the information on this website is of a general nature only and is not intended as
personal or professional advice.
This site merges and incorporates Beverley's Homeschool Australia and Unschool Australia sites.
to Getting Started
Beverley is looking for
writers to submit suitable content
for this site.
Have a question?
Listen to Experienced
October 20th -24th, 2014
Welcome to the world of home education - learning without school! We officially began educating our three children in 1985, when our eldest was five years. In truth, we had helped them learn what they need to learn as they grew and explored and discovered this amazing world since the moment they were each born! I am a passionate advocate of allowing children to learn unhindered by unnecessary stress and competition, meeting developmental needs in ways that suit their individual learning styles and preferences. Ours was a homeschooling, unschooling and natural learning family! There are hundreds of articles on this site to help you build confidence as a home educating family. I hope that your home educating adventure is as satisfying as ours was!
If you like what you
read here, you can
order Beverley's books!
Always Learning Books
After 20 years of being a home educating contact and support person Beverley has 'retired' from active participation as a support person for home education.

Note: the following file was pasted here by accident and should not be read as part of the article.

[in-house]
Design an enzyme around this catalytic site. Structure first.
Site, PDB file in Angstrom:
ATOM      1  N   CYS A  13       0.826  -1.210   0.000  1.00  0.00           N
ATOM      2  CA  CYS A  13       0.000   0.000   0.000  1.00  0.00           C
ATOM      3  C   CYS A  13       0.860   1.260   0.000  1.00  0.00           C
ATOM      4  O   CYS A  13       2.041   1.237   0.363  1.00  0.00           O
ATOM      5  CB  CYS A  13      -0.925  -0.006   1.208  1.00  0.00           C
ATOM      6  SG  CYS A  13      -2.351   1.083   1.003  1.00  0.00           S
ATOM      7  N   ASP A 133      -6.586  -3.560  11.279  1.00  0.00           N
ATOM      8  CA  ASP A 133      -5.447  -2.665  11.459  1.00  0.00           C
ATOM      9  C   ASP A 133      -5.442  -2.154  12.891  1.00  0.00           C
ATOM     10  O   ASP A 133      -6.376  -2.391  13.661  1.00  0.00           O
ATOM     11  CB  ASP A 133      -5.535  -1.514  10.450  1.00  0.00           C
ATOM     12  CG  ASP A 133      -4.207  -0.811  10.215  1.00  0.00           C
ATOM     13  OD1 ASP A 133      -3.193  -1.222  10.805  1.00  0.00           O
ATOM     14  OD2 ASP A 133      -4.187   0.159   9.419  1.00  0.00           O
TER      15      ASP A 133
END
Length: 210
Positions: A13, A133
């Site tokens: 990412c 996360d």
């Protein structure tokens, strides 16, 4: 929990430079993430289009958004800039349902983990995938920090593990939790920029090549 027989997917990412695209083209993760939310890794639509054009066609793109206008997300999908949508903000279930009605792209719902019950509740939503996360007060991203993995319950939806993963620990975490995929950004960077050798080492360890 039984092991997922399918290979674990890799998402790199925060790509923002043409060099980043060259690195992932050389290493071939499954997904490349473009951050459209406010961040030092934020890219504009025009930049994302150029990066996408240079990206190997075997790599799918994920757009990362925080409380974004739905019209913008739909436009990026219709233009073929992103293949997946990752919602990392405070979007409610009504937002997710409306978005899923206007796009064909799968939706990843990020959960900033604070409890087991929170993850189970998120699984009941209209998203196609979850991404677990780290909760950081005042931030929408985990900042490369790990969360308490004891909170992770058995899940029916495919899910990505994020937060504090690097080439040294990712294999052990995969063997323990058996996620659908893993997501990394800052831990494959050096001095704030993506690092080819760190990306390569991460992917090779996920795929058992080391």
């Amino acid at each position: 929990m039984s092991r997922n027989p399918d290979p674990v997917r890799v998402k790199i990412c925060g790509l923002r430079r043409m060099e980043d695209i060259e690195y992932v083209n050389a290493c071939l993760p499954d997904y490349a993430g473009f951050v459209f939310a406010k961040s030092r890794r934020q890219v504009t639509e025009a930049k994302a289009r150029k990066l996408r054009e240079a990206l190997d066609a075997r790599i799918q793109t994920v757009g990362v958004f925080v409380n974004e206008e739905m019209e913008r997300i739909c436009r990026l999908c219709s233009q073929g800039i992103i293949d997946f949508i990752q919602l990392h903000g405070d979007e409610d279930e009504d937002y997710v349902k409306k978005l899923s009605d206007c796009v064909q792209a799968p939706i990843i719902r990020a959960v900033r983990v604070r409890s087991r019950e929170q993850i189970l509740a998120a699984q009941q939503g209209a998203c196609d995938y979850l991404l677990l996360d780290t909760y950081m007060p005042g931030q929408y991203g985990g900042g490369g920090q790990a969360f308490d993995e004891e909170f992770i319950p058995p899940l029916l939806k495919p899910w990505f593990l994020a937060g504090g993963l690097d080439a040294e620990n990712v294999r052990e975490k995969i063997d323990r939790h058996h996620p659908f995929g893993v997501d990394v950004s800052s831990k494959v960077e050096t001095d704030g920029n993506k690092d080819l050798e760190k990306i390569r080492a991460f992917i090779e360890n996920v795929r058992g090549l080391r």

She continues to participate by adding new articles to this site, so bookmark the site or join the newsletter to stay in touch. Please join one of the support groups she started to help home educators: although these are managed and run by experienced home educators Beverley remains available to offer advice and help to members of the groups. Don't forget to use the search function or browse the contents of this site for specific topcis, advice and information on over 900 pages!
Questions about homeschooling or wondering what to teach?
See the Site Map
for our full list of articles.
Interested in homeschooling,
but still not sure?
Read All You Need Is...'
Without revenue from advertising by educational suppliers and Google Ads we could not continue to provide over 900 pages of information to home educators. Please support us by letting our advertisers know that you found them on The Educating Parent. Ta!
Thank you for visiting!